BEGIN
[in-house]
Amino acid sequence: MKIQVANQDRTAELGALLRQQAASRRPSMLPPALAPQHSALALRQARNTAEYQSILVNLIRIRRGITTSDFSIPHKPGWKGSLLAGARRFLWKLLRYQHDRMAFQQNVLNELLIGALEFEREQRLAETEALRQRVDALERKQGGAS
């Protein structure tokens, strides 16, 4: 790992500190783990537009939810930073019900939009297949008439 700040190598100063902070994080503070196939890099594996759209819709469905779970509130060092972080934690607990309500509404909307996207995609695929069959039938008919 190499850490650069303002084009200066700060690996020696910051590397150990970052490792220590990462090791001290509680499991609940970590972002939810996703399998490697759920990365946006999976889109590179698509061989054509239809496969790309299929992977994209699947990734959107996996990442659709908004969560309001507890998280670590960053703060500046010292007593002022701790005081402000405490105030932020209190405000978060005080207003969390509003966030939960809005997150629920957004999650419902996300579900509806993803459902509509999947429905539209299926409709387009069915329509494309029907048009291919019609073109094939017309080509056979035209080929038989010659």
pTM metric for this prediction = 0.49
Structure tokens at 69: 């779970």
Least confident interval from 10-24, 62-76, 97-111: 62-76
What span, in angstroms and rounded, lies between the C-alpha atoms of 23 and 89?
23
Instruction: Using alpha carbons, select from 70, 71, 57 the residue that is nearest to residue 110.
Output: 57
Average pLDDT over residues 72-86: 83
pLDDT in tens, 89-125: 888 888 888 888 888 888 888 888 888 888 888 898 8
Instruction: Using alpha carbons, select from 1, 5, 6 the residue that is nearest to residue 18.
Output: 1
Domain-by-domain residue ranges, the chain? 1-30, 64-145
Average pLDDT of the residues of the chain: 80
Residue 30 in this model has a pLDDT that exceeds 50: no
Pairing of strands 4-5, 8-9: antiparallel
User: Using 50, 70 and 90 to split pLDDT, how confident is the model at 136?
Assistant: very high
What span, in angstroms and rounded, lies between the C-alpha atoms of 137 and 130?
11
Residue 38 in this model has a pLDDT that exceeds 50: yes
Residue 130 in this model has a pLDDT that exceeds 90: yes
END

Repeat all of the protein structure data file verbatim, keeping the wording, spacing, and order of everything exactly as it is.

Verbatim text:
[in-house]
Amino acid sequence: MKIQVANQDRTAELGALLRQQAASRRPSMLPPALAPQHSALALRQARNTAEYQSILVNLIRIRRGITTSDFSIPHKPGWKGSLLAGARRFLWKLLRYQHDRMAFQQNVLNELLIGALEFEREQRLAETEALRQRVDALERKQGGAS
């Protein structure tokens, strides 16, 4: 790992500190783990537009939810930073019900939009297949008439 700040190598100063902070994080503070196939890099594996759209819709469905779970509130060092972080934690607990309500509404909307996207995609695929069959039938008919 190499850490650069303002084009200066700060690996020696910051590397150990970052490792220590990462090791001290509680499991609940970590972002939810996703399998490697759920990365946006999976889109590179698509061989054509239809496969790309299929992977994209699947990734959107996996990442659709908004969560309001507890998280670590960053703060500046010292007593002022701790005081402000405490105030932020209190405000978060005080207003969390509003966030939960809005997150629920957004999650419902996300579900509806993803459902509509999947429905539209299926409709387009069915329509494309029907048009291919019609073109094939017309080509056979035209080929038989010659």
pTM metric for this prediction = 0.49
Structure tokens at 69: 């779970």
Least confident interval from 10-24, 62-76, 97-111: 62-76
What span, in angstroms and rounded, lies between the C-alpha atoms of 23 and 89?
23
Instruction: Using alpha carbons, select from 70, 71, 57 the residue that is nearest to residue 110.
Output: 57
Average pLDDT over residues 72-86: 83
pLDDT in tens, 89-125: 888 888 888 888 888 888 888 888 888 888 888 898 8
Instruction: Using alpha carbons, select from 1, 5, 6 the residue that is nearest to residue 18.
Output: 1
Domain-by-domain residue ranges, the chain? 1-30, 64-145
Average pLDDT of the residues of the chain: 80
Residue 30 in this model has a pLDDT that exceeds 50: no
Pairing of strands 4-5, 8-9: antiparallel
User: Using 50, 70 and 90 to split pLDDT, how confident is the model at 136?
Assistant: very high
What span, in angstroms and rounded, lies between the C-alpha atoms of 137 and 130?
11
Residue 38 in this model has a pLDDT that exceeds 50: yes
Residue 130 in this model has a pLDDT that exceeds 90: yes